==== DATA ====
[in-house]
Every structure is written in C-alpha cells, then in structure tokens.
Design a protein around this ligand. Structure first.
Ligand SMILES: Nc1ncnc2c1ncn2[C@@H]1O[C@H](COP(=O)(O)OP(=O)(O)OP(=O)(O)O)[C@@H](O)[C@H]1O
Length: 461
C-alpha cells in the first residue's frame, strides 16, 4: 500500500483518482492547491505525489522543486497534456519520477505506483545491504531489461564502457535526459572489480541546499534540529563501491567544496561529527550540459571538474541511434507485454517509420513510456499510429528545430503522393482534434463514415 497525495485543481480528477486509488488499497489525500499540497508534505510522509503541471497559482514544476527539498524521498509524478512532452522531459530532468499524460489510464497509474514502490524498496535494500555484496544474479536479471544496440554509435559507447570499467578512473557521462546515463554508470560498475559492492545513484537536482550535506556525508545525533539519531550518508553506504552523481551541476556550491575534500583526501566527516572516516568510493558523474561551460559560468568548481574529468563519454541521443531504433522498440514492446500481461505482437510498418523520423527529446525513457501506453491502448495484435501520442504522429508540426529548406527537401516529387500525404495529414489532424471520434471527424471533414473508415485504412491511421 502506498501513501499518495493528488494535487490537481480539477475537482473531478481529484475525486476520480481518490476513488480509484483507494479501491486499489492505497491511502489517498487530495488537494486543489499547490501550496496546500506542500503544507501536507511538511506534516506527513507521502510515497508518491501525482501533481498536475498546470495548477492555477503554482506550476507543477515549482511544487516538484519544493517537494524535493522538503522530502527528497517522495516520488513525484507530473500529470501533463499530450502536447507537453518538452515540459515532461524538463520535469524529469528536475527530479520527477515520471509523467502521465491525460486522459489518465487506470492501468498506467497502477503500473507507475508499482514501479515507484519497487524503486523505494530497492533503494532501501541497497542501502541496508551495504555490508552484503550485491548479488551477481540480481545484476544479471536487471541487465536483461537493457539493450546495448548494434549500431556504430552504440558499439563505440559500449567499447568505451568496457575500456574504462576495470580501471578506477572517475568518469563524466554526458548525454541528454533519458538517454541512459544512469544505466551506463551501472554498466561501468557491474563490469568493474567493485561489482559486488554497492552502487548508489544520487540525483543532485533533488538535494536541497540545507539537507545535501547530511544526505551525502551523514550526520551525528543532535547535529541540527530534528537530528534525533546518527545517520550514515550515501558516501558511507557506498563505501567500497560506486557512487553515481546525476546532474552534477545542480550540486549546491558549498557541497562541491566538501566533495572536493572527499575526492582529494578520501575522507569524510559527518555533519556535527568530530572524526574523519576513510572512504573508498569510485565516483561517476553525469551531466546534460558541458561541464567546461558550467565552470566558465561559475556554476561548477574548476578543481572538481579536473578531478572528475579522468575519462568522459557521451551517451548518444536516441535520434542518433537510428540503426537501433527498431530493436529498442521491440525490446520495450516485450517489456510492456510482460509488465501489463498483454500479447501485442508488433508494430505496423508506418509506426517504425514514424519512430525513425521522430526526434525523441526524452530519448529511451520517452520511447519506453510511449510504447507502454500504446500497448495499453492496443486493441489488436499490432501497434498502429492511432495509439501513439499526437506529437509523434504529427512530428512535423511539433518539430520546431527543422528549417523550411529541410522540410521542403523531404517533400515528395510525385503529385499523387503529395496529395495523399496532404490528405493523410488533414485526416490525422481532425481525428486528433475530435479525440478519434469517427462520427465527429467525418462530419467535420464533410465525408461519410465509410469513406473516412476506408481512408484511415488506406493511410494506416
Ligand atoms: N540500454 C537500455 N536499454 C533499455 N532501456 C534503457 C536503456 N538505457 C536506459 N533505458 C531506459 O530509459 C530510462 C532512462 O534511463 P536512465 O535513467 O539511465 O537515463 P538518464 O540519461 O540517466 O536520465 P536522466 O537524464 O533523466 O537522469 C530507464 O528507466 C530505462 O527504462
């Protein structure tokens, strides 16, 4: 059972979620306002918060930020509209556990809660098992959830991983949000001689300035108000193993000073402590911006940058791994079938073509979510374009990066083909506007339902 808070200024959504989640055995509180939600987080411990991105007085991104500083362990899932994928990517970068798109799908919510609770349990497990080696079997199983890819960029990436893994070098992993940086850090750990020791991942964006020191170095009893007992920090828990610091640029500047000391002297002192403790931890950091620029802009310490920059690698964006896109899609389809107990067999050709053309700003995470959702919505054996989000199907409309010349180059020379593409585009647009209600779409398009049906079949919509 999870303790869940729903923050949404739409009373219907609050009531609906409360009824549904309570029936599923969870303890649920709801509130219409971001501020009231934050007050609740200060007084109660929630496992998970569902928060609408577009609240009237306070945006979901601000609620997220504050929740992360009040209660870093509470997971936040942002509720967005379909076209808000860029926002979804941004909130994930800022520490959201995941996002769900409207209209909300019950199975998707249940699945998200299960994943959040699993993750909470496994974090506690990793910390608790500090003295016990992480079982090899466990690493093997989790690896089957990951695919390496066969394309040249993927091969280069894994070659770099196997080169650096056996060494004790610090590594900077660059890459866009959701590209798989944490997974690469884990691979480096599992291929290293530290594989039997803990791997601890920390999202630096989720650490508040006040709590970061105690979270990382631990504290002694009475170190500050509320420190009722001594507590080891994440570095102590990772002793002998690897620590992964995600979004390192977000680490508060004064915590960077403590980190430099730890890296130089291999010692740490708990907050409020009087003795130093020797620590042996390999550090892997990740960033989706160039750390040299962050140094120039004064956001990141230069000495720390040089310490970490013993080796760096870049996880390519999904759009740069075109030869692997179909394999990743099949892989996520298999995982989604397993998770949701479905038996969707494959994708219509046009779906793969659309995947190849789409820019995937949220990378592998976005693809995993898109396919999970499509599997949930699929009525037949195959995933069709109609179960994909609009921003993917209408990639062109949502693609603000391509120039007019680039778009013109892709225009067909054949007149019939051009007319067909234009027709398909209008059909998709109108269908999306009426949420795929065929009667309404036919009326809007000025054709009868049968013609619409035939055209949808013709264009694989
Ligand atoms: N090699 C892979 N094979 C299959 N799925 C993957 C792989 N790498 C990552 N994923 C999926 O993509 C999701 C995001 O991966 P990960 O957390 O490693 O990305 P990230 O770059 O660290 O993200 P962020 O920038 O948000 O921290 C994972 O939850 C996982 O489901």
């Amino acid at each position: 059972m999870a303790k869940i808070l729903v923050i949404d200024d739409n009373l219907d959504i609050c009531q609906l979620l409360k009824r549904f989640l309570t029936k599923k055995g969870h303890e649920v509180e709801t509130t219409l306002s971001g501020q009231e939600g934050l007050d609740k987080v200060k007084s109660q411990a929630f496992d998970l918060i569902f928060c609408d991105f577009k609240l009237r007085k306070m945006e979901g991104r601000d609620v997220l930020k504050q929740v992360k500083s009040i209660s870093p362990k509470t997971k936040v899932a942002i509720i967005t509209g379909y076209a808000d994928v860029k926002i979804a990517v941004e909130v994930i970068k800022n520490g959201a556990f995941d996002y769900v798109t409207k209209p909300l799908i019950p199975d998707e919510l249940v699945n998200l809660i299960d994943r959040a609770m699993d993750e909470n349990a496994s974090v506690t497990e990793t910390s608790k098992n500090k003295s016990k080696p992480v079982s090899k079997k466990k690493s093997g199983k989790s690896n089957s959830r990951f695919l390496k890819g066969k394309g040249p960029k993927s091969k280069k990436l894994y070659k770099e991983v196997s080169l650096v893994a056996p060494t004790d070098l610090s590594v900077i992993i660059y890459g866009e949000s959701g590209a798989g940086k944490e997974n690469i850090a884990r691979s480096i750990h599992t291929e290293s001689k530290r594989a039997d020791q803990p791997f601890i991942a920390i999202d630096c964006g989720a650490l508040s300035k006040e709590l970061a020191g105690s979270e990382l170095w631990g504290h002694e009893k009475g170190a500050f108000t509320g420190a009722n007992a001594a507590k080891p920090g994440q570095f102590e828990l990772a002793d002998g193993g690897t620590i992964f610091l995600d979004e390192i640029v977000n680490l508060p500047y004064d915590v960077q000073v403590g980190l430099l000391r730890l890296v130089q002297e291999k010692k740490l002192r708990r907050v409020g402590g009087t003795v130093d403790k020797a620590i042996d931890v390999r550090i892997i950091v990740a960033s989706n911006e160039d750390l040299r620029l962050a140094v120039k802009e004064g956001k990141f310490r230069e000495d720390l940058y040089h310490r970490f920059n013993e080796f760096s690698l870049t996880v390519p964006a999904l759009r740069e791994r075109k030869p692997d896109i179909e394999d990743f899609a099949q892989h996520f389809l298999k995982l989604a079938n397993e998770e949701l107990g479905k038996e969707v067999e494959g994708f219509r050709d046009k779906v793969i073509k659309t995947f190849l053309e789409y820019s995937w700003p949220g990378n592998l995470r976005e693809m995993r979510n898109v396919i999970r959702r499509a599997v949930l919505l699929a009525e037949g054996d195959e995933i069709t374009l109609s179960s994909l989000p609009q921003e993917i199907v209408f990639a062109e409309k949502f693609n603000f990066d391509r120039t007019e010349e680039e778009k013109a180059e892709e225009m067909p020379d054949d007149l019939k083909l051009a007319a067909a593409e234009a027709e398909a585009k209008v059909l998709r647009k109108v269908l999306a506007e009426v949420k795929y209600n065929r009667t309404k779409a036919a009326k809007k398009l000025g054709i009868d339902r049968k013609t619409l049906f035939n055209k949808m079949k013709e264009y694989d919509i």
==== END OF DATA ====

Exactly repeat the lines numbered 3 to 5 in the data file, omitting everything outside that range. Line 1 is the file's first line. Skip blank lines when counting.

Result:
Design a protein around this ligand. Structure first.
Ligand SMILES: Nc1ncnc2c1ncn2[C@@H]1O[C@H](COP(=O)(O)OP(=O)(O)OP(=O)(O)O)[C@@H](O)[C@H]1O
Length: 461